If you’re thinking about upgrading your muscle car or hot rod to an overdrive manual transmission, one of the key questions you’re probably pondering is, “Should I choose the TREMEC TKO 5-speed or TREMEC Magnum 6-speed?” It’s a question that customers ask us all the time.
People often evaluate the TKO and Magnum only in “5-speed vs. 6-speed” context, which we think is 100 percent the wrong way to approach the decision. The two transmissions use completely different architectures, and, not surprisingly, have several unique characteristics that set them apart.
The TKO 5-speed is an early top-loader–style transmission rated for up to 600 lb-ft of torque capacity, and it can be reliably shifted at engine speeds up to 6,200 rpm. This tends to be suitable for the vast majority of 4-to-5-speed conversions. It is ideal for having something stronger than the car’s factory transmission and for adding overdrive to lower engine rpm at highway speeds.
The 600 lb-ft capacity is plenty for most performance cars in the real world. Not everyone makes a million horsepower. The 6,200-rpm shift-rating is ideal for a wide range of early cam-in-block engines: small- and big-block Chevys, Chrysler LA engines, Ford FEs, Windsors and Clevelands, and just about any B.O.P. engine.
Additionally, because the TKO is available in early Ford and GM 4-speed bolt patterns, you can typically save a bundle by reusing the existing bellhousing and linkage, if desired.
Finally, the TKO is not that much larger than the typical 4-speed manual transmissions it commonly replaces, so it will fit in many classic muscle cars without modifications to the floor.
The Magnum 6-speed, on the other hand, requires a lot of new hardware to make the same adaptation because of its T-56–style bolt pattern on the front. The Magnum is also much larger, requiring floorpan modifications to fit in nearly all 1972 and older cars, and even many 1970s and 1980s vehicles.
Unlike the TKO’s top-loader design, the Magnum uses a more modern end-loader design, which first became popular in American cars with the advent of the original Borg-Warner T-56. Having no top or side cover to serve as a void in the structure makes it superior from the standpoint of how it handles torsional loads.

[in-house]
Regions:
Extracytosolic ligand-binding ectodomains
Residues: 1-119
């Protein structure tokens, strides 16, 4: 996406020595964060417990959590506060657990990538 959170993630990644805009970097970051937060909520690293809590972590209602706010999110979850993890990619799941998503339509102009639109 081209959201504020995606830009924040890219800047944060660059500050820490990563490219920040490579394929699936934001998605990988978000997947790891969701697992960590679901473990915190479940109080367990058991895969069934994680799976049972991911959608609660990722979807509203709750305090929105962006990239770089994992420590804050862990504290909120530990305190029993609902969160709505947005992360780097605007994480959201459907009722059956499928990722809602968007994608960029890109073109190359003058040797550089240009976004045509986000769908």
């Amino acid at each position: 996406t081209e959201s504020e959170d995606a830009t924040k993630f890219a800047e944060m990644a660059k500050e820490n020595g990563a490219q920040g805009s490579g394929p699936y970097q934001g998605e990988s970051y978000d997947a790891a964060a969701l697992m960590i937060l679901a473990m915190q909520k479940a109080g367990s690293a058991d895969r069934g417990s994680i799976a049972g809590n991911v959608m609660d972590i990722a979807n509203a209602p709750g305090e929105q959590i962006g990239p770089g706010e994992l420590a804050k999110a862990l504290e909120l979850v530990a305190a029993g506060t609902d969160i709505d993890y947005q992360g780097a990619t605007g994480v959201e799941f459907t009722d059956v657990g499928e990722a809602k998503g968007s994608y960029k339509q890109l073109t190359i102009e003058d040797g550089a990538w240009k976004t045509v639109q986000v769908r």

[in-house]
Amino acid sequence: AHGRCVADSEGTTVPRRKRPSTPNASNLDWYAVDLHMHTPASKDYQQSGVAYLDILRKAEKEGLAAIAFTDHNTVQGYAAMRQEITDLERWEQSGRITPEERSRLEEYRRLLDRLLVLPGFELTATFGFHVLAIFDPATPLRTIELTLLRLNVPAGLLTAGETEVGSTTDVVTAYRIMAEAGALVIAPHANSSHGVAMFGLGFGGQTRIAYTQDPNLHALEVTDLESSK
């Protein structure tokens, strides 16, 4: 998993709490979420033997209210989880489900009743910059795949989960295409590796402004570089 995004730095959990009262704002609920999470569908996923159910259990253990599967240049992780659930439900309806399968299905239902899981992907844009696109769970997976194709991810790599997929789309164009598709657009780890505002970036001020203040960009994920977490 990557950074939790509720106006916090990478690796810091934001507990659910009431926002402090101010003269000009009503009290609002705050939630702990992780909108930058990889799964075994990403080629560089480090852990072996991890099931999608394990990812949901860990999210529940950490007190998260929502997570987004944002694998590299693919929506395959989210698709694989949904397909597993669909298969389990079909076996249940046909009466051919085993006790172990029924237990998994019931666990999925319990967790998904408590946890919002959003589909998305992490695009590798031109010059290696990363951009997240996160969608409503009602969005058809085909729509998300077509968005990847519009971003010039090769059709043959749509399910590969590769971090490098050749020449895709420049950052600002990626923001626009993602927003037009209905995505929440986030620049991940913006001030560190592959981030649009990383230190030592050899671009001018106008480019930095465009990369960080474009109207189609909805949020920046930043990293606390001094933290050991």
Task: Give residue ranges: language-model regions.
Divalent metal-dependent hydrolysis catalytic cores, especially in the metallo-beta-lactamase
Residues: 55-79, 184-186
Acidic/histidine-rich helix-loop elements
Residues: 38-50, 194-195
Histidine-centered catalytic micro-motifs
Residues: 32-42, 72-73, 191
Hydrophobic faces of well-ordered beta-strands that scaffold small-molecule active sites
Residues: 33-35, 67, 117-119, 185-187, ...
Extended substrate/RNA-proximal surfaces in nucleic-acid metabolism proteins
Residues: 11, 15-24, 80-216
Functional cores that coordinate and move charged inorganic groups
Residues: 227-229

In fact, nearly everything about the Magnum is superior to the TKO. The Magnum uses a single rail-shift mechanism (as opposed to the multi-rail TKO) and multiple-cone synchronizers (the TKO has single-cone brass), and it has a larger center distance (meaning larger diameter gears). As a derivative of the current-production TR-6060, the Magnum is much more indicative of the transmissions we build for today’s OEM muscle cars. It can handle more torque (easily, 700 lb-ft) and engine rpm (up to 7,800) and does so with much better shift quality.
There can be a slight trade-off when something is engineered more for shift-feel than for durability (TKOs weren’t engineered for Cadillacs; thus, are unapologetically robust), but that is a conversation for another time. Generally speaking, especially when it’s being used behind a modern engine (LS, Coyote, Gen-III Hemi), the Magnum is the way to go because of its smoothness, higher rpm shifting ability and higher torque capability.
One last point, and it pertains to the available overdrive ratios. When it comes to the single and double overdrive TKO and Magnum, respectively, people may automatically assume that the Magnum overdrive is deeper since it’s a 6-speed. That’s not necessarily accurate.
While it’s true that you can have a Magnum with very long-legged .74/.50 double-overdrive ratios, few classic vehicles can make use of a .50 overdrive, so most folks go the route of the .80/.63 pairing. Conversely, in a TKO, you have to choose between .82 and .64 overdrive ratios. Most go with the .64 for highway cruising. One more advantage for the Magnum, though: A .80/.63 in a Magnum is kind of like getting both TKO overdrive ratios in one! The .80 is excellent for top-end pulling power and for easy cruises down a 55-mph two-lane highway, and the .63 is fantastic for 70-plus mph down the interstate.
TKO – strong and swap-friendly with overdrive. It’s far nicer than any Muncie or A833 that it might replace. However, it does not achieve the same level of refinement nor capability as the Magnum.
Magnum – top-choice in all areas. Although, since it is larger, it requires floor modifications in many early retrofit applications. Also, it is more expensive.
The good news is that neither option is bad. The key is to pick the right transmission for you, your car and how you want to use it. If a TKO will do what you’re looking for 95 percent of the time, and you’re okay with that, then go for it! If you want to twist your LS up to 7,000 rpm and shift like a hero, then the Magnum is a better choice. Do what works for you!